Citations(0)

Content

Disclosure and Funding

Copyright

How to Cite This Article

Download Download [ PDF ]

Email Send to a friend

Page Views Page Views(92)

Facebook ShareFacebook Share

Twitter ShareTwitter Share

Year : 2021 Month : April Volume : 10 Issue : 14 Page : 1039-1041

Genotypic Characterisation of Multi Drug Resistant Gram-Negative Bacteria with Special Reference to Carbapenem Resistance in a Teaching Hospital, Hyderabad, Telangana State

Swathi Gurajala1, Sandeep Kumar Tipparthi2, Rajkumar H.R.V.3

1Department of Respiratory Care, College of Applied Medical Sciences, Jubail, Imam Abdul Rahman Bin Faisal University, Saudi Arabia. 2, 3 Department of Microbiology, Kamineni Academy of Medical Sciences and Research Centre, LB Nagar, Hyderabad, Telangana, India.


CORRESPONDING AUTHOR

Dr. Swathi Gurajala, Assistant Professor, Department of Respiratory Medicine, College of Applied Medical Sciences, Jubail, Imam Abdul Rahman Bin Faisal University, Kingdom of Saudi Arabia.
Email : drswathi.gurajala@gmail.com

ABSTRACT

Bacteria develop antimicrobial drug resistance through several mechanisms, the common one being the production of enzymes. As the number of antibiotics discovered is in notable numbers in the past few years, it is important to preserve high-end antibiotics for the treatment of multidrug-resistant organisms (MDROs) infections, by appropriate use of antibiotics. A study was conducted to record prevalence, phenotypic and genotypic characters of MDROs in our hospital, with reference to carbapenem resistance. 200 multidrug-resistant clinical isolates were collected in 6 months. Carbapenem-resistant organisms were detected phenotypically confirmed for the production of carbapenemases by modified Hodge test (MHT) and genotypic detection was done by a multiplex polymerase chain reaction (PCR) assay for the five most predominant carbapenemases (bla NDM-1, bla OXA-48 , bla VIM, bla IMP, bla KPC). The isolates consisted of E. coli (53 %) followed by K. pneumoniae (30 %), P. aeruginosa (13 %), and acinetobacter spp (4 %). Among these, 40 (20 %) isolates were carbapenem-resistant. Of these 40, 27 (67.5 %) showed an increase in zone size by the MHT, suggestive of metallo-beta-lactamase (MBL) mediated carbapenem resistance and about 32 (80 %) isolates were found to contain at least one carbapenemase gene. bla NDM-1 accounted for 37.5 % (12 / 32) of the isolates and was the most predominant one followed by bla OXA-48 [28 % (9 / 32)]. 22 % (7 / 32) of the isolates had one or more carbapenemase genes. Identifying the mechanisms of resistance of pathogens is important to implement strict infection prevention and control measures in the hospital to prevent the transmission of the resistant pathogens.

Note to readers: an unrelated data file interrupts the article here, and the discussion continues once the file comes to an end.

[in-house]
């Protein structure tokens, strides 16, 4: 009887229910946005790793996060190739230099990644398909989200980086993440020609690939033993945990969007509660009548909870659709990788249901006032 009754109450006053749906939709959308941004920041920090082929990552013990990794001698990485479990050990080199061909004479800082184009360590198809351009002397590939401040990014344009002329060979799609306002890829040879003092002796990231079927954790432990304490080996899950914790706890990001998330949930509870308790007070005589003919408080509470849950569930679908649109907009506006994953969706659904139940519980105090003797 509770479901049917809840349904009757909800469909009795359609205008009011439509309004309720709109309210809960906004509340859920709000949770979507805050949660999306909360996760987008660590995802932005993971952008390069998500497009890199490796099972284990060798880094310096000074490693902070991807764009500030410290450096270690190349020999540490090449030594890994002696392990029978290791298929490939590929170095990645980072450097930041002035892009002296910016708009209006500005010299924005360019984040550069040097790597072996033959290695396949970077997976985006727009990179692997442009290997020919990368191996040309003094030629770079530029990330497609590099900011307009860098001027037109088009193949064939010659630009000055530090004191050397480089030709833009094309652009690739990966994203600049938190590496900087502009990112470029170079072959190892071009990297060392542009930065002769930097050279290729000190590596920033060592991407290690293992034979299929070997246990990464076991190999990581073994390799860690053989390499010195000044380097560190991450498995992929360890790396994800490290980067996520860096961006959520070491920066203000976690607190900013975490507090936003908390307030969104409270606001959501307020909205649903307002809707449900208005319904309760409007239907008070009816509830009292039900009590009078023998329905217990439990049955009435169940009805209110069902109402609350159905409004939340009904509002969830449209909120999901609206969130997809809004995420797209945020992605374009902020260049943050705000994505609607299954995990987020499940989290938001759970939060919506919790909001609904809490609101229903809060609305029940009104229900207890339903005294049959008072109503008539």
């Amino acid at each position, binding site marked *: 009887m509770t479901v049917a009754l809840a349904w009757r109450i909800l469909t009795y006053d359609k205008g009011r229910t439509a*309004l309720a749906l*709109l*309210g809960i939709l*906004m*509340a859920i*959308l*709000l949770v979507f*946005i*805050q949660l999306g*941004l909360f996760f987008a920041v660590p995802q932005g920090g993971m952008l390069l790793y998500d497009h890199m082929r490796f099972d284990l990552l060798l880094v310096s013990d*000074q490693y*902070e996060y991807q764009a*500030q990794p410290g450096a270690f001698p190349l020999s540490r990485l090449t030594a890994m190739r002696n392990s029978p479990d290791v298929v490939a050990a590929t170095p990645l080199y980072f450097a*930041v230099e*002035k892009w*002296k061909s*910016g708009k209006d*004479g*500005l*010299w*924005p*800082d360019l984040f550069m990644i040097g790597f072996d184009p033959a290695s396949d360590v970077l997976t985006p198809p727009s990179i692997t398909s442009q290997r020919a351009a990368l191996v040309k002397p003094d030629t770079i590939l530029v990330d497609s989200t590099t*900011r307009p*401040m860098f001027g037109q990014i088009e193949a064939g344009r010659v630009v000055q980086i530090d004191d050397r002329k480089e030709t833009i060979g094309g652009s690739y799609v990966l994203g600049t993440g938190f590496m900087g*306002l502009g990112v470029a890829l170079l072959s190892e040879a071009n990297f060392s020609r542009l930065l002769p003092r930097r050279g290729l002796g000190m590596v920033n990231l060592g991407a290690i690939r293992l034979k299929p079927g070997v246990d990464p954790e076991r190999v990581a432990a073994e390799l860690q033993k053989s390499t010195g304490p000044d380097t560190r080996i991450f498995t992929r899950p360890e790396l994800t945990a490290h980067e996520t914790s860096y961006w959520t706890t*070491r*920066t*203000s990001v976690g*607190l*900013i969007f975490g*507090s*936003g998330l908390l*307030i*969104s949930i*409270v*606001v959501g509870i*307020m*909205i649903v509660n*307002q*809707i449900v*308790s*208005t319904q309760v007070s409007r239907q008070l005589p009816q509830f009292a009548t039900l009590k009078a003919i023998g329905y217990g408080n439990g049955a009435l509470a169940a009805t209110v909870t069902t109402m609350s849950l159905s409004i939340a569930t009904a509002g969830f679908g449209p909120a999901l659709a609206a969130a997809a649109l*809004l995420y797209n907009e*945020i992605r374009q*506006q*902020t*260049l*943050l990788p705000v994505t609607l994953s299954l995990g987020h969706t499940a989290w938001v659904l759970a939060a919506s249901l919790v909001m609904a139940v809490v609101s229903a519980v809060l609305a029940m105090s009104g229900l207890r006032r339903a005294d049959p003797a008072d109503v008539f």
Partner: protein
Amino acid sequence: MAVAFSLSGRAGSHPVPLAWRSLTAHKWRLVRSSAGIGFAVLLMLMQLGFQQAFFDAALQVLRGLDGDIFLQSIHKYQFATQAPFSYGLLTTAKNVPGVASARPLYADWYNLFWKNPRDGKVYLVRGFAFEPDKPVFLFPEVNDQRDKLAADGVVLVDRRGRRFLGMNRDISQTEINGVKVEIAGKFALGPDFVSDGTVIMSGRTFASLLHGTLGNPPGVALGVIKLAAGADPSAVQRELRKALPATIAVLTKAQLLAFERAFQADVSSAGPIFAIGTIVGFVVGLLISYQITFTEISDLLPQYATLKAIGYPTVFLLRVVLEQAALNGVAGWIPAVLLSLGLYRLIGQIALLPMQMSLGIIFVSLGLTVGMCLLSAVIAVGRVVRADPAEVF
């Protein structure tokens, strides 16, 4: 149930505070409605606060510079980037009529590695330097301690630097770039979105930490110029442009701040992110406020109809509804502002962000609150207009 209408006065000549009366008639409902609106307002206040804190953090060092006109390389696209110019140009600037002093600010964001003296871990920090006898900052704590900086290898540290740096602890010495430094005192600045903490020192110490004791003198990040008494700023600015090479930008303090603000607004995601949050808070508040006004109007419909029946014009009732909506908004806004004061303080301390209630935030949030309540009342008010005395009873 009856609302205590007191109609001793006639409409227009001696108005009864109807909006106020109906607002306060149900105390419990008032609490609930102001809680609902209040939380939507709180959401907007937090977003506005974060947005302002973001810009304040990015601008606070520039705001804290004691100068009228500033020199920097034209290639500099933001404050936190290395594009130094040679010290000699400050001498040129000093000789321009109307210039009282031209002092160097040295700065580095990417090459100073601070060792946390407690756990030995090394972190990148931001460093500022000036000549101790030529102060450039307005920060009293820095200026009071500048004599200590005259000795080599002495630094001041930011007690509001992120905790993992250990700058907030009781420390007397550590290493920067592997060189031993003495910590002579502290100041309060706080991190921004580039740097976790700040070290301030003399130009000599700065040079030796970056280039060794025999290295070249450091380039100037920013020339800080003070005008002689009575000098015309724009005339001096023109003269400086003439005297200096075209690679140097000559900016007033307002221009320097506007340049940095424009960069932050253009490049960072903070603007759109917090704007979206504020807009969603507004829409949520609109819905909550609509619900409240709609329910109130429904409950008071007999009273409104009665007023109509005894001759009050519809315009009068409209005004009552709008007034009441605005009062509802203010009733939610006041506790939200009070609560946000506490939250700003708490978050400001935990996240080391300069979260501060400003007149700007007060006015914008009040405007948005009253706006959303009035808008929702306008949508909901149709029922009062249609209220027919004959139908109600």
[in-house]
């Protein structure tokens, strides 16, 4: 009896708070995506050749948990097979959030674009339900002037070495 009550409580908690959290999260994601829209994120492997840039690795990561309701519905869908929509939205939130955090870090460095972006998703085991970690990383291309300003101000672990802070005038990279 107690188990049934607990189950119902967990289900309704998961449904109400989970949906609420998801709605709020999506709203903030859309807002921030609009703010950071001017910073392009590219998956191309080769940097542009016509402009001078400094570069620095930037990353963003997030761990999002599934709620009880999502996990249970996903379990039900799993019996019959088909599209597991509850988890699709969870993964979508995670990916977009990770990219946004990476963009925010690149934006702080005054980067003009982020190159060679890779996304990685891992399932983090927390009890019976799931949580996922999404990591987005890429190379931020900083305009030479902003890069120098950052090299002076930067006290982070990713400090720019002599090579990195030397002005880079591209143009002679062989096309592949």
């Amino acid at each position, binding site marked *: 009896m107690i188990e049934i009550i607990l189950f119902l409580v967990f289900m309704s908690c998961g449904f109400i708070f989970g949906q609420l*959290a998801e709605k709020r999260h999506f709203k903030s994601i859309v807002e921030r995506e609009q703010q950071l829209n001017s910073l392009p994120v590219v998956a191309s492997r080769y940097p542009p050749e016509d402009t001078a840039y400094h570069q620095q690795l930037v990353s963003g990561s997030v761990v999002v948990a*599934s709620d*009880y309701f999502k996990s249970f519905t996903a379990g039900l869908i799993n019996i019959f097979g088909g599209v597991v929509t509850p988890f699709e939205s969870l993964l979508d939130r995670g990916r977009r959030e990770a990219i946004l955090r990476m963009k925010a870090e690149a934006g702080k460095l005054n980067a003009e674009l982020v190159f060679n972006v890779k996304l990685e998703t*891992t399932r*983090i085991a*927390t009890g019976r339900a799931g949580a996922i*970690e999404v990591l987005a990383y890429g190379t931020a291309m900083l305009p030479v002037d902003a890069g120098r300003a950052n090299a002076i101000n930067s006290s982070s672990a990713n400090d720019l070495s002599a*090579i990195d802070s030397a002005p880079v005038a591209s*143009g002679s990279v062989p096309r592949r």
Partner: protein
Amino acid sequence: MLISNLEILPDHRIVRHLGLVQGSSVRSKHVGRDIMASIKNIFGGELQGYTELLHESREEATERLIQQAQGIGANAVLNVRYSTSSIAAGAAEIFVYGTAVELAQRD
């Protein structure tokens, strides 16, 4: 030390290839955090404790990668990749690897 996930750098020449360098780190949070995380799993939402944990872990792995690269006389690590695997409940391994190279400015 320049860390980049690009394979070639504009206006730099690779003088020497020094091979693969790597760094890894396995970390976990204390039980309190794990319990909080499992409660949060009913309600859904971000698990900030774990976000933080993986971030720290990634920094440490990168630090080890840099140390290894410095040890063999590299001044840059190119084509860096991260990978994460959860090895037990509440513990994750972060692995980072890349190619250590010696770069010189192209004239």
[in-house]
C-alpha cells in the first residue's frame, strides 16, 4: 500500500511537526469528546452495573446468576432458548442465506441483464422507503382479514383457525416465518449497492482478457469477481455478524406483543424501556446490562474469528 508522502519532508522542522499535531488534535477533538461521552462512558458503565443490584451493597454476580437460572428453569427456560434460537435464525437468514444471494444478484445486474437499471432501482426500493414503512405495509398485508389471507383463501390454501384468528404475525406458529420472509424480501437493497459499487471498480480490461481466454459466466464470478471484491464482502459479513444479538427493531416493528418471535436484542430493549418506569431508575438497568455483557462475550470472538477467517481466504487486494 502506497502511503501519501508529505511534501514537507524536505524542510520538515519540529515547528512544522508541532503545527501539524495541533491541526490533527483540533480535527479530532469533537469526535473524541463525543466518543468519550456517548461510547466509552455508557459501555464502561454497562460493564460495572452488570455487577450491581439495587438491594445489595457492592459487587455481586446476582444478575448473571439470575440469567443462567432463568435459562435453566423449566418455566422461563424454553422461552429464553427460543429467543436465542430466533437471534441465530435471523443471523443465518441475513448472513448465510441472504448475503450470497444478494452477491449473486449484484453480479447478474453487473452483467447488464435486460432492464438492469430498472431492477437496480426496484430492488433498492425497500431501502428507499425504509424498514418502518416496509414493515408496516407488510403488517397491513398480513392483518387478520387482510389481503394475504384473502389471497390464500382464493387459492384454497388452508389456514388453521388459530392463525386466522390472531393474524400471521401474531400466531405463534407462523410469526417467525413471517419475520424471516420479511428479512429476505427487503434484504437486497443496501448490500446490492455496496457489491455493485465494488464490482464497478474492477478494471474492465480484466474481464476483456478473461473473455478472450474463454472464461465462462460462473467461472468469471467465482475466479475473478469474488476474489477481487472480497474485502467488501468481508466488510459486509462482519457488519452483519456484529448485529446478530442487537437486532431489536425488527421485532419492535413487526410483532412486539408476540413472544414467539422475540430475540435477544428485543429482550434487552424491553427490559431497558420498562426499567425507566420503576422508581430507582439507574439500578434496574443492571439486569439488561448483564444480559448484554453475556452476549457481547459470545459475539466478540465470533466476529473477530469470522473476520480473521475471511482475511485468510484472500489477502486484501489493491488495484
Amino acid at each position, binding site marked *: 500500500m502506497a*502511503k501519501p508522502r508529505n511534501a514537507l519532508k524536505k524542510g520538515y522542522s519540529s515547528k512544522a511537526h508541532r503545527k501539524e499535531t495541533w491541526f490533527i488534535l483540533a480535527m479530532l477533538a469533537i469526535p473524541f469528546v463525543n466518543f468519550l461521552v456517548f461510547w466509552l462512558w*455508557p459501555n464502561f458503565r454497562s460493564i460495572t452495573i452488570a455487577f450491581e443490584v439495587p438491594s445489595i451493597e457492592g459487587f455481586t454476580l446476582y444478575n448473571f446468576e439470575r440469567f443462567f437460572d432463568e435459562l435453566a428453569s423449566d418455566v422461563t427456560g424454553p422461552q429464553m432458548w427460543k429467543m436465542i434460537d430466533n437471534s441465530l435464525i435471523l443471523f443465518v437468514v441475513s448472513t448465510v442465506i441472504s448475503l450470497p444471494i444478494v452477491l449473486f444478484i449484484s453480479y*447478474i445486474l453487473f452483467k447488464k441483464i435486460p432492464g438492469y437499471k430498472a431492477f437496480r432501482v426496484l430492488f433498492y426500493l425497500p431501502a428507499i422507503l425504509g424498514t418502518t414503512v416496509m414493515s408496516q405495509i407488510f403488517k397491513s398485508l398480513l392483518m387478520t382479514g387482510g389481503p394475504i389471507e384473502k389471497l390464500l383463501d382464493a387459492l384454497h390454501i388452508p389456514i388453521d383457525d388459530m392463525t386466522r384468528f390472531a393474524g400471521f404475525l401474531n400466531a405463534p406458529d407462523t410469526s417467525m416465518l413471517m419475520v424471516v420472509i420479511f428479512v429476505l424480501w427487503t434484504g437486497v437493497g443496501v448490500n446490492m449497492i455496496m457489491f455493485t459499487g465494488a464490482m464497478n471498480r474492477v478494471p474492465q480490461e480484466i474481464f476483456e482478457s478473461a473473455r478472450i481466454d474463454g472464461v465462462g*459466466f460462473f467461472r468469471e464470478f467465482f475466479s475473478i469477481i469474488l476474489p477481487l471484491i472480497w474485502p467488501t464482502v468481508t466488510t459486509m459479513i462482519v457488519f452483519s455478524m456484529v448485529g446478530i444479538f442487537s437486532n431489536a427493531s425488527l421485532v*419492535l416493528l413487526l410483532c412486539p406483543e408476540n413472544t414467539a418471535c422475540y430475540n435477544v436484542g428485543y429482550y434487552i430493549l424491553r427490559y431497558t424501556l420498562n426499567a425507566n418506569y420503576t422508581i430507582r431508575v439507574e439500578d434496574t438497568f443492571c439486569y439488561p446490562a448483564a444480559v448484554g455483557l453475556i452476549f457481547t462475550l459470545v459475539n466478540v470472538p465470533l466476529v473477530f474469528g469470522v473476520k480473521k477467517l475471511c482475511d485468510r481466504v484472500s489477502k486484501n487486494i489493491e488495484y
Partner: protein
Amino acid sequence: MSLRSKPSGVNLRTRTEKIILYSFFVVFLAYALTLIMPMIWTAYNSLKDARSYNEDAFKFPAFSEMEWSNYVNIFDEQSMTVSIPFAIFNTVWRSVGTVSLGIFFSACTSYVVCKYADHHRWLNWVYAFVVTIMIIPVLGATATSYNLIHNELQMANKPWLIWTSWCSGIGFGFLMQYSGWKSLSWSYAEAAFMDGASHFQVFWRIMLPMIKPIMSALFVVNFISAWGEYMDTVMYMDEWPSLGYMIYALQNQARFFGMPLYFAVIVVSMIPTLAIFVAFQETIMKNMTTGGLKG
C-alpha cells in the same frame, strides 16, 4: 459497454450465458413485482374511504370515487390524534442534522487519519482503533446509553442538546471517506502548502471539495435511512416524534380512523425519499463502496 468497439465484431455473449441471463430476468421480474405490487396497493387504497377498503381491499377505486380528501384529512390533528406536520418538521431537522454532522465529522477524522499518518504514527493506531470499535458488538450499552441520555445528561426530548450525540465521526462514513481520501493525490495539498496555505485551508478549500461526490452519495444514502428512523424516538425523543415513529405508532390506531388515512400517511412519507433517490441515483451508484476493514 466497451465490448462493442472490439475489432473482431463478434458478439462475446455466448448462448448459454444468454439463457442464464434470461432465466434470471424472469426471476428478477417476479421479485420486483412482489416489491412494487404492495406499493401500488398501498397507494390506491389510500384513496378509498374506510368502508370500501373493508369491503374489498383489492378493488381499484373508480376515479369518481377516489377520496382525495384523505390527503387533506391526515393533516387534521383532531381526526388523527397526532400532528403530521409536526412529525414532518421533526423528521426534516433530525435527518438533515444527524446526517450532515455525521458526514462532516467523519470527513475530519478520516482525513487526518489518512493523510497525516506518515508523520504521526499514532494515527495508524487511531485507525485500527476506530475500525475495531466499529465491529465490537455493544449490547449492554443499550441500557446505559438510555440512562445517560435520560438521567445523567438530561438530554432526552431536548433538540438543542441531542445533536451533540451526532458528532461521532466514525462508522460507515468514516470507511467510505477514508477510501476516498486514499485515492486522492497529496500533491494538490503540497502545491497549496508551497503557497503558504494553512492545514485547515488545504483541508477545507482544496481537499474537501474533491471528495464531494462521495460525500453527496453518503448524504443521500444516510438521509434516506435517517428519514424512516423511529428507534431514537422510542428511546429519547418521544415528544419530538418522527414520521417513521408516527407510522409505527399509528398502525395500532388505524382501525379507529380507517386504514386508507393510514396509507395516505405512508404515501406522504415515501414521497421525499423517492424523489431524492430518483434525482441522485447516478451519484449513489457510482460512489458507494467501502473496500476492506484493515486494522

KEY WORDS

Multidrug-Resistant Bacteria, Bla NDM-1 Gene, Bla OXA-48 Gene, Carbapenem Resistance, Carbapenem Resistant Organisms.

BACKGROUND

Antimicrobial drug resistance is an emerging public health problem of global concern. Bacteria demonstrate various resistant mechanisms to overcome the effects of the antibiotics, most common of which include antibiotic degradation by the production of enzymes. Among these, resistance to carbapenems is of particular importance as these antibiotics are life savior in a majority of hospitalised patients. Carbapenem resistance is mainly due to the production of carbapenemases, which hydrolyse the beta-lactam antibiotics like the penicillins, cephalosporins, cephamycins, and carbapenems. Verona integron Metallo-beta–lactamases types (VIM), imipenemase types (IMP), Klebsiella pneumoniae carbapenemase (KPC), oxacillinase-48 (OXA-48), and New Delhi metallo-beta-lactamase-1 (NDM-1), encoded by carbapenem resistance determining gene blaVIM, blaIMP, blaKPC, blaOXA-48 and blaNDM respectively are the most common types of carbapenemases.1 Resistant to carbapenems can also be due to AmpC enzymes or loss of outer membrane proteins. Several studies report about 11 - 81 % prevalence of carbapenem-resistant gram-negative bacteria especially Enterobacteriaceae, Pseudomonas aeruginosa and Acinetobacter baumannii.2-5